Uniswap and Andreessen Horowitz Sued for "Fraudulent Conduct"
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Uniswap and Andreessen Horowitz Sued for "Fraudulent Conduct"

5 months ago

Uniswap, Andreessen Horowitz and Paradigm face a class-action lawsuit over "rampant fraud" on the decentralized exchange — Crypto Twitter disagrees.

Uniswap and Andreessen Horowitz Sued for "Fraudulent Conduct"

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Uniswap has been named a defendant in an upcoming class-action lawsuit that addresses the "rampant fraud" caused by its exchange. The suit specifically references the lack of identity verification and Uniswap’s fee structure as contributing to fraud.

The plaintiff, North Carolina resident Nessa Risley, also accuses Paradigm, Andreessen Horowitz and Union Square, who were all "well aware" of what is going on on Uniswap, according to the 68-page lawsuit.

The lawsuit claims Uniswap generates "vast profits" by charging a fee on every trade, simultaneously benefiting the other defendants by allowing them to issue tokens. Furthermore, Uniswap is accused of "encouraging" fraud because of its fee structure. The issuance of "thousands of scam tokens" linked to "rug pulls" and "pump-and-dump" schemes facilitated the fraudulent conduct of Uniswap.

Uniswap Labs told crypto news outlet The Block that the “allegations are meritless and the complaint is riddled with factual inaccuracies. We plan to vigorously defend against this suit.”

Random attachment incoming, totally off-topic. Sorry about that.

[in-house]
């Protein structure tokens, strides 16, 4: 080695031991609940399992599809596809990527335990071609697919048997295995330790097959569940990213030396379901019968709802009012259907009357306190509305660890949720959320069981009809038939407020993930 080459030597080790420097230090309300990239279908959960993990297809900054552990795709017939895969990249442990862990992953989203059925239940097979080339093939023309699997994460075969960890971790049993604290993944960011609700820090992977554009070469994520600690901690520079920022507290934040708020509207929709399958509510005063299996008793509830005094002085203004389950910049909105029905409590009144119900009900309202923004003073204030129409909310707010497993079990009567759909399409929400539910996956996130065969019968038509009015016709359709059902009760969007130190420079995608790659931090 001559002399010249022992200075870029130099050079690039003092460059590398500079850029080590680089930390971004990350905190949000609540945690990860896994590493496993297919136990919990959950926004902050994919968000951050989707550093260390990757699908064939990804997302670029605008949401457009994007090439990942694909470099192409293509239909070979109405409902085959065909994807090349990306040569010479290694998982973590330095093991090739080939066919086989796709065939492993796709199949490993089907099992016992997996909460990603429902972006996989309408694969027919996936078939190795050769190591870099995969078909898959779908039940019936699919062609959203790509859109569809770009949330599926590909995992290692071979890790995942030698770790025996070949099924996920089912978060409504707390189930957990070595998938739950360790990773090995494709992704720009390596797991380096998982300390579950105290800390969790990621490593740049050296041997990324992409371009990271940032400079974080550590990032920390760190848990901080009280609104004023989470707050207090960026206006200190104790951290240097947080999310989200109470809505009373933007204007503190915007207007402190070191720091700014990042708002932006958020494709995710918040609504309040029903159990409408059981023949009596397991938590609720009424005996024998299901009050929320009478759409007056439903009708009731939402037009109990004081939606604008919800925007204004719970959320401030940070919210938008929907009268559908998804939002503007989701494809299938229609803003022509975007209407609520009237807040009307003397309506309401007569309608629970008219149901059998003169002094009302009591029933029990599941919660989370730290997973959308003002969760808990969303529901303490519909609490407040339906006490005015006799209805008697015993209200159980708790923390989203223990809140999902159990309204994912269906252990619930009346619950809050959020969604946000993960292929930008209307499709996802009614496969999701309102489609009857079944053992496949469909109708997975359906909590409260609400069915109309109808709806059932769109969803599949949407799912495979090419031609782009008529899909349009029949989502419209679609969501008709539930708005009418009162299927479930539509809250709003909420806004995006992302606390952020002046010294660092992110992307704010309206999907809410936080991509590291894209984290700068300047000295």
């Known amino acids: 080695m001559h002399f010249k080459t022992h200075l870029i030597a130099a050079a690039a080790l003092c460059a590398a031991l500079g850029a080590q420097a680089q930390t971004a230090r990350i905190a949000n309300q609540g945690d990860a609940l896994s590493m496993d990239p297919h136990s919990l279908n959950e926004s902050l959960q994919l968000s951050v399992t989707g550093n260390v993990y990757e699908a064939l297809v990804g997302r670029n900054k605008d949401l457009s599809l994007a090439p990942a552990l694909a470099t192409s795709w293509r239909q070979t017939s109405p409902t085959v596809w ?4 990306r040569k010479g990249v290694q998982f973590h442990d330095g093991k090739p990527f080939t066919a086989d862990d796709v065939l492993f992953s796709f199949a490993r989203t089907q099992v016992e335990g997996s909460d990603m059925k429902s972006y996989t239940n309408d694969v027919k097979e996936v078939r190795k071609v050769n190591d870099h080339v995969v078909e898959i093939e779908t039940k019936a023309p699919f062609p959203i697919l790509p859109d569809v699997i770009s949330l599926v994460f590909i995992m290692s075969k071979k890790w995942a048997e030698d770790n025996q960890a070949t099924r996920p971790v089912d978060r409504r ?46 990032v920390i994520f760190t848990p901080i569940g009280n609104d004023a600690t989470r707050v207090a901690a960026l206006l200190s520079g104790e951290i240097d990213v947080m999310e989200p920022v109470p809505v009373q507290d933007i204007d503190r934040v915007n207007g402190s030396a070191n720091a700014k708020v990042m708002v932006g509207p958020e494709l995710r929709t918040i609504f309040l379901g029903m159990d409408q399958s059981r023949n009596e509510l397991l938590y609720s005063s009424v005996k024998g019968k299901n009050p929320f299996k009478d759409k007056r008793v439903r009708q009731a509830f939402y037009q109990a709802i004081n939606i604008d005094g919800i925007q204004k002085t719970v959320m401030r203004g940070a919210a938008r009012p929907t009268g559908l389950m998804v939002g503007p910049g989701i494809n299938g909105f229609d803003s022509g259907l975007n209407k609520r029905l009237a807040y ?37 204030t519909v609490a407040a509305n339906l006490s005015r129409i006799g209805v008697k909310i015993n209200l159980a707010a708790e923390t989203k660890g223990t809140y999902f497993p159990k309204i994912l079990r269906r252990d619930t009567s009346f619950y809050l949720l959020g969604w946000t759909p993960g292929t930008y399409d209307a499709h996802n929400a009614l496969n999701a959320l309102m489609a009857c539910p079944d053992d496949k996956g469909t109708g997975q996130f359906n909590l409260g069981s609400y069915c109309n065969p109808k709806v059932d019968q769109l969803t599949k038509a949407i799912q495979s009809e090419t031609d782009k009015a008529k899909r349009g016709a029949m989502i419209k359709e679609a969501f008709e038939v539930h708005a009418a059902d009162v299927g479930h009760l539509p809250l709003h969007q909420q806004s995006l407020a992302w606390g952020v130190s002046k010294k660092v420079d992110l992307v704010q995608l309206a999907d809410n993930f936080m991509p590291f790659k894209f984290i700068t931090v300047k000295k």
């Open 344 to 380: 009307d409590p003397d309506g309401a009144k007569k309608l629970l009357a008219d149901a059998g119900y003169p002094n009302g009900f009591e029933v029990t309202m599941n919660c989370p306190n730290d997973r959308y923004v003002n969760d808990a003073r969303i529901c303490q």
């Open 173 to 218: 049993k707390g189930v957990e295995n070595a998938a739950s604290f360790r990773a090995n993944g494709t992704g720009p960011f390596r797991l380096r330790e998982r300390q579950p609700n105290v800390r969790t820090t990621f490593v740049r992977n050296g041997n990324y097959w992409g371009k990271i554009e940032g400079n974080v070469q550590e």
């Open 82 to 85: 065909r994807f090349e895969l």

Risley’s lawsuit claims tokens on Uniswap are, in fact, unregistered securities, which the exchange failed to disclose to the Securities and Exchanges Commission (SEC). Among the named tokens are Rocket Bunny, EthereumMax, Bezoge Earth, BoomBaby.io, Matrix Samurai and Alpha Wolf Finance.

As "investment contracts," tokens are securities under federal law, and issuers are required to file registration statements for each of them. Consequently, investors would have received disclosures that allow them to assess the risk involved with investing in each token. The lawsuit states: "Without these disclosures, they were left to fend for themselves."

Uniswap was a facilitator in this whole system, according to the lawsuit, profiting from the listing of many of the "unregistered securities" by raking in transaction fees. The lawsuit concludes:

"Defendants have profited handsomely from this unlawful activity, as have the Issuers to whom Uniswap paid hidden and exorbitant fees. Meanwhile, unsuspecting users on the other side of these fraudulent transactions were left holding the bag."

Lawsuit Not Telling Us Anything New

The Uniswap lawsuit, predictably, had Crypto Twitter laughing out loud over a truth that everyone in the space already knows anyway — there are a lot of shitcoins on Uniswap and other decentralized exchanges. The influential British crypto commentator Cobie couldn't hide his amusement over the argumentation in the lawsuit:

He correctly pointed out that the named tokens were not quite high-quality investments that you would need a risk disclosure for:

Although one would never put it past crypto investors to dump their net worth into something like Bezoge Earth:
Others pointed out that the lawsuit probably makes — at least partially — a good point, but that crypto companies were just playing the game to the best of their abilities. @DegenSpartan, another well-known commentator, suggested that Uniswap and the accused venture capitalist firms just took advantage of the U.S. retail investors' excessive appetite for risk:

It is unclear thus far whether the proposed lawsuit will be successful or have an effect on the issuance of new "shitcoins." However, investors are, in any case, best off thoroughly assessing what tokens they invest their money in — risk disclosure or not.

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